Soon after I found out Wicked was coming to Denver and tickets went on sale, I hopped on the opportunity to purchase tickets and I started listening to the music. Even though I had heard much hustle and bustle about the musical, I didn’t know much about it. All I knew was that it was based loosely on the book, Wicked, written by Gregory Maquire. From what I had heard, the book was very, very dark, perhaps gratuitously evil, but the musical wasn’t.
The music took some time to grow on me and then I couldn’t stop listening to it. The music’s catching, and the lyrics say so much in such clever ways.
I had never seen the musical before. So, my awareness of the story line was based solely on what I had heard through the music and later had read in the synopsis in the Producer’s Note. I wasn’t a fan of Glinda, because she disavowed any relation to Elphaba, also known as the Wicked Witch. When Elphaba was alive, things didn’t fare much better. Glinda seemed like this Miss Goody-Two-Shoes, popular and annoying character, who tried to make Glinda a weird clone of herself and made sure she made Elphaba aware that she’d never measure up.
And, Elphaba already had it pretty bad. When she was born, her parents wanted nothing to do with her, because she was different. She was, wait for it, green. Later, when the Wizard found out she magical talents, he wanted to tap that and tried to trick her into doing his evil bidding. When she wasn’t willing to, he ruined her by labeling and announcing that she was evil; and she was branded a villain.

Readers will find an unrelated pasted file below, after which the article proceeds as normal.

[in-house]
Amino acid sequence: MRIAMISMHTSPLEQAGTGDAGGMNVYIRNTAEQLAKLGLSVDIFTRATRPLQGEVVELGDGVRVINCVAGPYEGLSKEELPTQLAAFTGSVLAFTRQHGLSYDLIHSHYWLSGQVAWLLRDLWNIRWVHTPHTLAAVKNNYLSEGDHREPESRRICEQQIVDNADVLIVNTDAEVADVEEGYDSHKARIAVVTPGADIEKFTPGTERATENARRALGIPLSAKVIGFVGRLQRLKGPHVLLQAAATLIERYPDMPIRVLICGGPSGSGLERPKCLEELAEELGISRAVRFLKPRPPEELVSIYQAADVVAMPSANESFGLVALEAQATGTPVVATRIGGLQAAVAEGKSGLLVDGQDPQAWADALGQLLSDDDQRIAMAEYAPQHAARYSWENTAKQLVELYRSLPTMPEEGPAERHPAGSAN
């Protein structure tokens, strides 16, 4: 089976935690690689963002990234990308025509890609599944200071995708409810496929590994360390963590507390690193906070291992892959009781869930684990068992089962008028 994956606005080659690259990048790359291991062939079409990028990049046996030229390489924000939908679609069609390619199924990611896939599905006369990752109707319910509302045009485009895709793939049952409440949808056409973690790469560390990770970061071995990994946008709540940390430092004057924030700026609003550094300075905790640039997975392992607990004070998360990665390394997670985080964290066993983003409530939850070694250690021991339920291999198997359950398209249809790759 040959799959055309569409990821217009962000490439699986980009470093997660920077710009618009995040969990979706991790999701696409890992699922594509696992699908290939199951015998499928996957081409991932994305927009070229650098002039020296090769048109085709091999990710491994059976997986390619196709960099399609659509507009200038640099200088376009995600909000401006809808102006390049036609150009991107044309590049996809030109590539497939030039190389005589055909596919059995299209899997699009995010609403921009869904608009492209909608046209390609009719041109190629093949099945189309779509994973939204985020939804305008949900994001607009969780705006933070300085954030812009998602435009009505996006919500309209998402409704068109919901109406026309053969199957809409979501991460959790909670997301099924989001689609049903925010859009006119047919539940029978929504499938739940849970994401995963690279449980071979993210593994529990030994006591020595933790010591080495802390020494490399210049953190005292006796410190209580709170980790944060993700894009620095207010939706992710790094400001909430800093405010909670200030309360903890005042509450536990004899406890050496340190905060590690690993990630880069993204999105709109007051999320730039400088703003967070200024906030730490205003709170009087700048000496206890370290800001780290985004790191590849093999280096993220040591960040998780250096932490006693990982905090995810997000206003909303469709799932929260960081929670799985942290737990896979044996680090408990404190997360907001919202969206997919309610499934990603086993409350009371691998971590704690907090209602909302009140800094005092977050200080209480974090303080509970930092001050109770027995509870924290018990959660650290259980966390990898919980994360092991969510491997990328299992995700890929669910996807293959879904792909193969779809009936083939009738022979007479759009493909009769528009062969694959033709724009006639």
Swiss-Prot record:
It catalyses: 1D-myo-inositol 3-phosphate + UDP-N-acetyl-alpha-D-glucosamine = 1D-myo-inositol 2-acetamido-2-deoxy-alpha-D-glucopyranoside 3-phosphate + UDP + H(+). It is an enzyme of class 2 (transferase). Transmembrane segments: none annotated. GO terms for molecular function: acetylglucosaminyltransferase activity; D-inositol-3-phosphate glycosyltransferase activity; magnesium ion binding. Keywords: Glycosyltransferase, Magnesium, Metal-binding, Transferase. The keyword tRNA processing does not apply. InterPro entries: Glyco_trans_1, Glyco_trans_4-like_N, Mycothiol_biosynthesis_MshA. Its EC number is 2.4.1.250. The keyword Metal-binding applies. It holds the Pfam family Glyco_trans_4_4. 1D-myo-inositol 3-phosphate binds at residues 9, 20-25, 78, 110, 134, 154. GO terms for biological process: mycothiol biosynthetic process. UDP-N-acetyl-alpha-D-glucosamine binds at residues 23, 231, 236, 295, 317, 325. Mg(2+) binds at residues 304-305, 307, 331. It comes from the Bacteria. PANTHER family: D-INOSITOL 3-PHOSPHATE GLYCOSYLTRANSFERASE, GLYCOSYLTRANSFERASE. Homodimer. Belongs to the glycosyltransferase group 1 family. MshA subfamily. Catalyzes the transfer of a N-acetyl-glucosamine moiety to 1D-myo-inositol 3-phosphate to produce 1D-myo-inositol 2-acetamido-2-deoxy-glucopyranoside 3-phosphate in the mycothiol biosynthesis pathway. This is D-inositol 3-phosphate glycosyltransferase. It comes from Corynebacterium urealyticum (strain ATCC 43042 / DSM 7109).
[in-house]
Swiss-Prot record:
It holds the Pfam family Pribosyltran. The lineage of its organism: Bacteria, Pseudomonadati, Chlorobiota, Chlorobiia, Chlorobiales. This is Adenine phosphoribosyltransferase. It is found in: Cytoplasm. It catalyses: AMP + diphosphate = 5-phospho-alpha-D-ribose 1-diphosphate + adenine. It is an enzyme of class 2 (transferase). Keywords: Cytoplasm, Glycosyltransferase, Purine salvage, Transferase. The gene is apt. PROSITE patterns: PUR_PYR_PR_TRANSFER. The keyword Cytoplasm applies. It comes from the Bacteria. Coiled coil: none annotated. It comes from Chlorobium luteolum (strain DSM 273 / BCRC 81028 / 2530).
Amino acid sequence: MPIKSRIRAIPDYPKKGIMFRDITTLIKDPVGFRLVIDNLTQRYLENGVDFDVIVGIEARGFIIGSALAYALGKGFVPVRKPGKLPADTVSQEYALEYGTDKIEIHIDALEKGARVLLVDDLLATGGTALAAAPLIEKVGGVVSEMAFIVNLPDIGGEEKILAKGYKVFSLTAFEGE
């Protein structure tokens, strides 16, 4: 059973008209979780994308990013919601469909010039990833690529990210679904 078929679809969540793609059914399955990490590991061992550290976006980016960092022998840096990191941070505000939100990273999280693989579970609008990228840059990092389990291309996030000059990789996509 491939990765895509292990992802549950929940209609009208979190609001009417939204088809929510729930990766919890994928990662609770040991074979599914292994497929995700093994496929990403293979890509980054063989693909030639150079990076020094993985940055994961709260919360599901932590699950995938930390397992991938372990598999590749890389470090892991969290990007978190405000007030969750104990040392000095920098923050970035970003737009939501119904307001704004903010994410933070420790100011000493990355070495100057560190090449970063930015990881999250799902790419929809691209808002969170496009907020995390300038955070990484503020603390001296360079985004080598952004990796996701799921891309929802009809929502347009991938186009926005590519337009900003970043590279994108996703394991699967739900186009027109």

The middle of last month, we went to see Wicked, and it’s been constantly playing in my mind ever since.
Lily Chang © 2019
Some of those perceptions I had were way off.
Glinda wasn’t as horrible as I had thought her to be. She was not ignoring or denying an unexpected and deep friendship. Her public claim of having only some acquaintance of who Elphaba was, following her death, was not some sort of betrayal or lack of sensitivity. It was something else. Something more meaningful.
The music saved some surprise for the stage performance. Had to be there to know those details. Wow! I was caught totally off guard by what I learned.
Winnie Holzman’s story-telling and Stephen Schwartz’s music and lyric writing utterly amazed me. Everything, I mean everything — from the settings to the costumes to the acting — had me spellbound and enthralled throughout the whole performance, from song to song, scene to scene. All the way to the very end.
First time attending a Wicked performance, I give an enthusiastic thumbs up. Go see it.
Can’t wait to see it again, when the show comes back here.